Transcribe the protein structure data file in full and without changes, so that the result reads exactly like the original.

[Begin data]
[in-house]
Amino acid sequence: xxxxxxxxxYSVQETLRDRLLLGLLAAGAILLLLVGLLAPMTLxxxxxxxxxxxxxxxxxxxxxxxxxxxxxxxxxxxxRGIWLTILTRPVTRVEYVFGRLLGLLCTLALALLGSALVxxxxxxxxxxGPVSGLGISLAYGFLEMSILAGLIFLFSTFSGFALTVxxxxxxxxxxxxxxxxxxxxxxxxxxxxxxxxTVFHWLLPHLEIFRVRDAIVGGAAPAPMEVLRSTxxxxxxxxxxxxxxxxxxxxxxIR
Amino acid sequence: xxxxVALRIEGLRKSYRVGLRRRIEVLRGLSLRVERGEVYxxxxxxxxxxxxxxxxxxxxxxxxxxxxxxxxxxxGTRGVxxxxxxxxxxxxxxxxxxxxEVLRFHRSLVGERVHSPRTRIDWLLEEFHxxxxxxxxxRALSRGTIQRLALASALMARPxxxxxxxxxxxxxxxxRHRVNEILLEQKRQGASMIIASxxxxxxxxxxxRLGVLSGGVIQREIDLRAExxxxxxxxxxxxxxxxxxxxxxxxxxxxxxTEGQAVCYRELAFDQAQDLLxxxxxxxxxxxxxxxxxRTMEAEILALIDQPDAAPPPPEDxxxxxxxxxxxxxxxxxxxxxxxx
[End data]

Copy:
[in-house]
Amino acid sequence: xxxxxxxxxYSVQETLRDRLLLGLLAAGAILLLLVGLLAPMTLxxxxxxxxxxxxxxxxxxxxxxxxxxxxxxxxxxxxRGIWLTILTRPVTRVEYVFGRLLGLLCTLALALLGSALVxxxxxxxxxxGPVSGLGISLAYGFLEMSILAGLIFLFSTFSGFALTVxxxxxxxxxxxxxxxxxxxxxxxxxxxxxxxxTVFHWLLPHLEIFRVRDAIVGGAAPAPMEVLRSTxxxxxxxxxxxxxxxxxxxxxxIR
Amino acid sequence: xxxxVALRIEGLRKSYRVGLRRRIEVLRGLSLRVERGEVYxxxxxxxxxxxxxxxxxxxxxxxxxxxxxxxxxxxGTRGVxxxxxxxxxxxxxxxxxxxxEVLRFHRSLVGERVHSPRTRIDWLLEEFHxxxxxxxxxRALSRGTIQRLALASALMARPxxxxxxxxxxxxxxxxRHRVNEILLEQKRQGASMIIASxxxxxxxxxxxRLGVLSGGVIQREIDLRAExxxxxxxxxxxxxxxxxxxxxxxxxxxxxxTEGQAVCYRELAFDQAQDLLxxxxxxxxxxxxxxxxxRTMEAEILALIDQPDAAPPPPEDxxxxxxxxxxxxxxxxxxxxxxxx